Owner of Aberdeen zero-waste store fears rising rates bill could force her to close the business

The owner of Aberdeen zero-waste store Refillosophy fears rising rates bill could leave her facing closure.

Gina Adie has branded the business rates system “archaic” and “not fit for purpose”.

It comes after days after the draft non-domestic rates valuation roll was published, which shocked several Aberdeen businesses with rises huge potential increases in their rates bills come April including Aberdeen Football Club’s Pittodrie Stadium.

Under the new proposals Ms Adie is now liable for £9,337 from April next year.

Previously Ms Adie’s store on Albyn Grove, which employs five part-time workers, came under the £15,000 small business rate relief threshold so faced no rates payment obligations.

Refillosophy, Albyn Grove, Aberdeen. Image:  Kami Thomson / DC Thomson

However, under the draft assessment her proposed rateable value is now £18,750 – above the £18,000 threshold for 25% relief.

Fury and frustration

Ms Adie said: “I’m extremely disappointed with our new rateable value – in fact I’m furious about it.

“We simply hadn’t factored such a high additional cost into our business budgeting.

“What are our options: putting up our prices, laying off staff or – the worst-case scenario – closing a shop we’ve worked so hard to establish?

The rates system is archaic. It’s not fit-for-purpose due to the changing business landscape.”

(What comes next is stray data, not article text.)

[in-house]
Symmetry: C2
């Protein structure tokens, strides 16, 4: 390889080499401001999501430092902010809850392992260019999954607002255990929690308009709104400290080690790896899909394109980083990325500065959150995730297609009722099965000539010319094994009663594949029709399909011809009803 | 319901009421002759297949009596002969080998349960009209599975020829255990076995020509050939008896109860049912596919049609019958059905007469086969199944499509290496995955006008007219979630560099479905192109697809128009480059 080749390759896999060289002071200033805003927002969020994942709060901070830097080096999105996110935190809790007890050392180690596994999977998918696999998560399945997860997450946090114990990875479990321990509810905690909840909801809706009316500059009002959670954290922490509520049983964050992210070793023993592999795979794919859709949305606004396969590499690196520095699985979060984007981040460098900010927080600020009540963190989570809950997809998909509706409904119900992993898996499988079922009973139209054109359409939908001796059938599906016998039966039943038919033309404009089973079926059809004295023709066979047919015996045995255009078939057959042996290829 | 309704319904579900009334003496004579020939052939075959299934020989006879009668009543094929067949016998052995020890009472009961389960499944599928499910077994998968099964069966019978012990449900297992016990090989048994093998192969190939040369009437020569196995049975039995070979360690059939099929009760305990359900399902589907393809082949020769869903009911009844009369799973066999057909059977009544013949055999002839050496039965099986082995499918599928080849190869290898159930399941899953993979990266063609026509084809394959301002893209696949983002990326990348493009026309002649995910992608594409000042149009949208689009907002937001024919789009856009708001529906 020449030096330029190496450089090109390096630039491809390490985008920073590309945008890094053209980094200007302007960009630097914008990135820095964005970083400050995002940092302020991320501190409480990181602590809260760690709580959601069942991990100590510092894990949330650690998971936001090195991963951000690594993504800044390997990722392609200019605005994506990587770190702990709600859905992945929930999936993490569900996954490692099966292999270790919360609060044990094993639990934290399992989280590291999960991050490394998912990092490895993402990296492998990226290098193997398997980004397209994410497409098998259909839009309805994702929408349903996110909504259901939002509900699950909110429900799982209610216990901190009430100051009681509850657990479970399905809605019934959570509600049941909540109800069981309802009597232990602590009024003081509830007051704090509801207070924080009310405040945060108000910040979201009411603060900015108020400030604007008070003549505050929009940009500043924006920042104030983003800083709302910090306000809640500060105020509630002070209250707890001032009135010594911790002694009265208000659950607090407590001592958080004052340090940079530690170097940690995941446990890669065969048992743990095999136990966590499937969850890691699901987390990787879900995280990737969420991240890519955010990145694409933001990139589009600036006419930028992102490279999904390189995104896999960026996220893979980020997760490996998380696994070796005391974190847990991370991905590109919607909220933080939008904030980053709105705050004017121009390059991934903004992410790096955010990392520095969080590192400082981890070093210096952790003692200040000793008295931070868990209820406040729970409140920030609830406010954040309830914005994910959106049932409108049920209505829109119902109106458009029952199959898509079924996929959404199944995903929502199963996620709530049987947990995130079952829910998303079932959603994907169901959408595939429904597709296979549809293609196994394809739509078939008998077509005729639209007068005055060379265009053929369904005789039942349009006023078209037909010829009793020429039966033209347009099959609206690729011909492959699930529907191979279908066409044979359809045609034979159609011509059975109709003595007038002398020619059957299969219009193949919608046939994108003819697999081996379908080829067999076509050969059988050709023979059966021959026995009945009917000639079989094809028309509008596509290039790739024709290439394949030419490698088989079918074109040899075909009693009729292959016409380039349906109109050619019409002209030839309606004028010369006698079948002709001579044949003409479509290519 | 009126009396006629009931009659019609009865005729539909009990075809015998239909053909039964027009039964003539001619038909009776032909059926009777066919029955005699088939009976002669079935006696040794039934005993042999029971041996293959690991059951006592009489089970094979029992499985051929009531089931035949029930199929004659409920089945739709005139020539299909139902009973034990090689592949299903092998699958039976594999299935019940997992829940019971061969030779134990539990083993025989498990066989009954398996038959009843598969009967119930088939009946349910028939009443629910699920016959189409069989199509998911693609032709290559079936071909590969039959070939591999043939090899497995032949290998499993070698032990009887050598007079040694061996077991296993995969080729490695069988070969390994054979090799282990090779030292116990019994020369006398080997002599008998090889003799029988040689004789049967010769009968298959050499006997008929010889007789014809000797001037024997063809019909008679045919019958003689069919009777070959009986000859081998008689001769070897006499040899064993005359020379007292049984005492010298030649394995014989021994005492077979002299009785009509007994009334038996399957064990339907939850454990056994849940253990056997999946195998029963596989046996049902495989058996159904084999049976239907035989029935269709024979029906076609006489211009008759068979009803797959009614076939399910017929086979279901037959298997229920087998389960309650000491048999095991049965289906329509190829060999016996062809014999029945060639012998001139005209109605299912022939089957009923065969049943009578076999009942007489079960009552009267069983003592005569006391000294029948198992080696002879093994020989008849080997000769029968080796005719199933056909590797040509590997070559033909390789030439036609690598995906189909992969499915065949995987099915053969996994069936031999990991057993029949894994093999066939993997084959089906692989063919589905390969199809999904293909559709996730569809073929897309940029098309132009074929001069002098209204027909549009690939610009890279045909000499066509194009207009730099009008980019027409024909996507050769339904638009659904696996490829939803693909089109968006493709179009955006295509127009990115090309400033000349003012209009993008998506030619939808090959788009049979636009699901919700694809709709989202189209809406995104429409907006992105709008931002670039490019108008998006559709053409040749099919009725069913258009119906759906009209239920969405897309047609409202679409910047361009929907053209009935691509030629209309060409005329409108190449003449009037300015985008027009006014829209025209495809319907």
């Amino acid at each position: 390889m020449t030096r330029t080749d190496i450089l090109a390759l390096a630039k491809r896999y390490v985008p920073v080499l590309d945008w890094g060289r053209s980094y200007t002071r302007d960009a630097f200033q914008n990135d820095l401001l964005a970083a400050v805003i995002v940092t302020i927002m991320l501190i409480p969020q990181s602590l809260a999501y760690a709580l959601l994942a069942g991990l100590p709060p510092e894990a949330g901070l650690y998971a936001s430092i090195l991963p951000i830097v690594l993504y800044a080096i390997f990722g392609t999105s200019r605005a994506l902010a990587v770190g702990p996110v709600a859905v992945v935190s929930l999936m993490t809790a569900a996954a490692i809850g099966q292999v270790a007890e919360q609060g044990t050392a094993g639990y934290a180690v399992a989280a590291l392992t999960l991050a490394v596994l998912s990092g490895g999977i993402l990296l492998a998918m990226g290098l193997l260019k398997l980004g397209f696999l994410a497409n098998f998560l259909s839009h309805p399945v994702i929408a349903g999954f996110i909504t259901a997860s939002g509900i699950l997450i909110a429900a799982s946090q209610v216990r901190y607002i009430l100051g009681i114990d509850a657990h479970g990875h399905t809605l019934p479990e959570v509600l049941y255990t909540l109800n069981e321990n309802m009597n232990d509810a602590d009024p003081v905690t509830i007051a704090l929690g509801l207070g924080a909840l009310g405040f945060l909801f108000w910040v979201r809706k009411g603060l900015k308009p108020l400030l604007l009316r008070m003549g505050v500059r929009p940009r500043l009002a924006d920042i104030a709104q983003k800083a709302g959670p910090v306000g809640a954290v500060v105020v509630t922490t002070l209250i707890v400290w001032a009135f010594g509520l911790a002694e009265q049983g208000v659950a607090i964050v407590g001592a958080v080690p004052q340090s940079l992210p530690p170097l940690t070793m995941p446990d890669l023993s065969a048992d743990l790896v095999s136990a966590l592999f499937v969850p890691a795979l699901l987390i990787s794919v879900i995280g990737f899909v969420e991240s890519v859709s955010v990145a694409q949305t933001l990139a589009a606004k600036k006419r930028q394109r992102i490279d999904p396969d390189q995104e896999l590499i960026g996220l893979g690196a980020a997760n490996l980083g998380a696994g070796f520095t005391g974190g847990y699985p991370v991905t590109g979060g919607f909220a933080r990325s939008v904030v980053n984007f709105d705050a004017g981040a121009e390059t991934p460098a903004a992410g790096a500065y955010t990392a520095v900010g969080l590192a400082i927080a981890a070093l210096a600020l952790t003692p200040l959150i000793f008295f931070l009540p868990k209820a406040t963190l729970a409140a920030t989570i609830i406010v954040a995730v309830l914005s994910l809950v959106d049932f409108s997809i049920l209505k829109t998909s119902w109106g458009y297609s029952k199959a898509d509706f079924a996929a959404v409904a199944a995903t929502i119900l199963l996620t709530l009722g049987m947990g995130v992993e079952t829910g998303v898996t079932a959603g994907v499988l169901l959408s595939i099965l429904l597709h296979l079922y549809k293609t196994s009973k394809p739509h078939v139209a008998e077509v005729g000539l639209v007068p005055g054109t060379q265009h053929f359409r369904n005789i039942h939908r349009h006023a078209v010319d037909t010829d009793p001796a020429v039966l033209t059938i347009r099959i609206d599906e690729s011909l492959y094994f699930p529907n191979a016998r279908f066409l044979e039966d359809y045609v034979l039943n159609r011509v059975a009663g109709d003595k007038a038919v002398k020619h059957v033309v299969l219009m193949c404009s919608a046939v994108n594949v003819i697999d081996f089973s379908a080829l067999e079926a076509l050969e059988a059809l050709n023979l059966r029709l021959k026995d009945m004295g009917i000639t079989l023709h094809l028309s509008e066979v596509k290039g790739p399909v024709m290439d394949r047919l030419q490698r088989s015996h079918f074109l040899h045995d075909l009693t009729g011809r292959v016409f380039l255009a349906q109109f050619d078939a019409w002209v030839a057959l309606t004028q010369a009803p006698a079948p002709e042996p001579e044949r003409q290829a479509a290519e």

“I find it shocking and extremely frustrating when we keep hearing we want local shops and the city centre to flourish, yet it seems to be increasingly difficult for this to happen.

“The rates system is archaic. It’s not fit-for-purpose due to the changing business landscape. With online shopping, we are competing in a difficult world.

“We should be encouraging smaller local firms into the city centre. Overnight we’re now facing a bill of more than £9,000.”

Question mark over future

Ms Adie opened Refillosophy, based in Albyn Grove, just over two years ago and provides plastics-free shopping, local produce, recycled products and the re-use of containers where possible.

Inside Refillosophy. Image:  Kami Thomson / DC Thomson

Customers can pick their coffee beans, loose tea, bakery products and fresh fruit and vegetables and other produce from the shelves.

The “shocking” adjustment in ratable value of her premises has left Ms Adie questioning what the future may hold for her business.

She said: “Someone said I should move to somewhere like Westhill where we may pay less rates.

“I walk to work as do my staff. A move out of town would involve car travel and that goes against our ethos.

“The whole point is that we are an eco-friendly business with sustainability at our core.

“Perhaps this should be considered in a forward-thinking rates assessment – one that looks into what we are trying to do.

“I felt we were getting back on our feet after the Covid-19 pandemic but now this. I’m not sure what to do to be honest.”

The final rates bill will be dependent on any changes to the poundage rate which will be determined in the Scottish budget this month.

Ms Adie said she was considering an appeal.

The draft revaluation notices have been described as “madness” by Aberdeen and Grampian Chamber of Commerce policy director Ryan Crighton.

Assuming no reliefs Aberdeen Football Club’s stadium could see its rates rise from £192,500 a year to £450,000 and Revolucion de Cuba, based in The Academy, is facing an increase of 222% with rates going from £60,000 in 2017 to £190,000 in 2023.

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[Owner of Aberdeen zero-waste store fears rising rates bill could force her to close the business]


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